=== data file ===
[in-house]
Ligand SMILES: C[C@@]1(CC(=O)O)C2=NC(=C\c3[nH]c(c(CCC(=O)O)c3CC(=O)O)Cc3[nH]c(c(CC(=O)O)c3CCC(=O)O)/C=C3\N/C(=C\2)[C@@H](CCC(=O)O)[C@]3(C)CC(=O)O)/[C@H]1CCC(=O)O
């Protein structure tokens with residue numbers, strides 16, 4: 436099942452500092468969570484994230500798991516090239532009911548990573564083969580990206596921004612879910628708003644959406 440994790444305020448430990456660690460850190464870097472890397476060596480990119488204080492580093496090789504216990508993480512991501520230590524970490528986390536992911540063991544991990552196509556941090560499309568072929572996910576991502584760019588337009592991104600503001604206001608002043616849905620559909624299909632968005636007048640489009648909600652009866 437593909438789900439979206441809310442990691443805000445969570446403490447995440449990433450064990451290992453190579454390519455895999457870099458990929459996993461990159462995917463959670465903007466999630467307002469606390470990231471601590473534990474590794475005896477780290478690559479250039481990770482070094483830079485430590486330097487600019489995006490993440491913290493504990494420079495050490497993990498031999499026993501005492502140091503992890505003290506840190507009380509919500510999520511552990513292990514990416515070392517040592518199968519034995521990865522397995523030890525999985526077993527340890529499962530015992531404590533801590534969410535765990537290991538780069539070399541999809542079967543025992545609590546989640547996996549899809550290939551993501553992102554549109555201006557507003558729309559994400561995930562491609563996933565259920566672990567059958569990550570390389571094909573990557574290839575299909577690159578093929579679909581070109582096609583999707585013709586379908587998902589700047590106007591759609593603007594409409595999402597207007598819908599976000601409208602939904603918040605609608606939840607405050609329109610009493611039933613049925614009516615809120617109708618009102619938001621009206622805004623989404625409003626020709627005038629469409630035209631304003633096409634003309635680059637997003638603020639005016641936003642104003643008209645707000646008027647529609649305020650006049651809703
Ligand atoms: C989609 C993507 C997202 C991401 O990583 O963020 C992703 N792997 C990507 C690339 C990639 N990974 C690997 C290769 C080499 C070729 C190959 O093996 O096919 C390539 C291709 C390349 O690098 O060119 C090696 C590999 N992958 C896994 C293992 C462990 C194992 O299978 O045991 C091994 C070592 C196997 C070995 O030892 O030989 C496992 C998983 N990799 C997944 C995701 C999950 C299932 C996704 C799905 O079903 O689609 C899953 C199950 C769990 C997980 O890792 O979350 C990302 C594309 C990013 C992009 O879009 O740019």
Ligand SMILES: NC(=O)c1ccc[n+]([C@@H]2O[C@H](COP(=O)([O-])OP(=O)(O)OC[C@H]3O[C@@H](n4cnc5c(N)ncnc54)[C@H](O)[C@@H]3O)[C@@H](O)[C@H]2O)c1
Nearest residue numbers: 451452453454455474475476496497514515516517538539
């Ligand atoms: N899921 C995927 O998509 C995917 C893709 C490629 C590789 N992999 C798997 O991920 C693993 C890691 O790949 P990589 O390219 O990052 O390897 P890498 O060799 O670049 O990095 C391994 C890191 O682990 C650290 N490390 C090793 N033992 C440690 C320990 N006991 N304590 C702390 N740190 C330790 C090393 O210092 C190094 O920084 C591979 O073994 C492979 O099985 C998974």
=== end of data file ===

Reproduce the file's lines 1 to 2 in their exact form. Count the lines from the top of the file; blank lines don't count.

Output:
[in-house]
Ligand SMILES: C[C@@]1(CC(=O)O)C2=NC(=C\c3[nH]c(c(CCC(=O)O)c3CC(=O)O)Cc3[nH]c(c(CC(=O)O)c3CCC(=O)O)/C=C3\N/C(=C\2)[C@@H](CCC(=O)O)[C@]3(C)CC(=O)O)/[C@H]1CCC(=O)O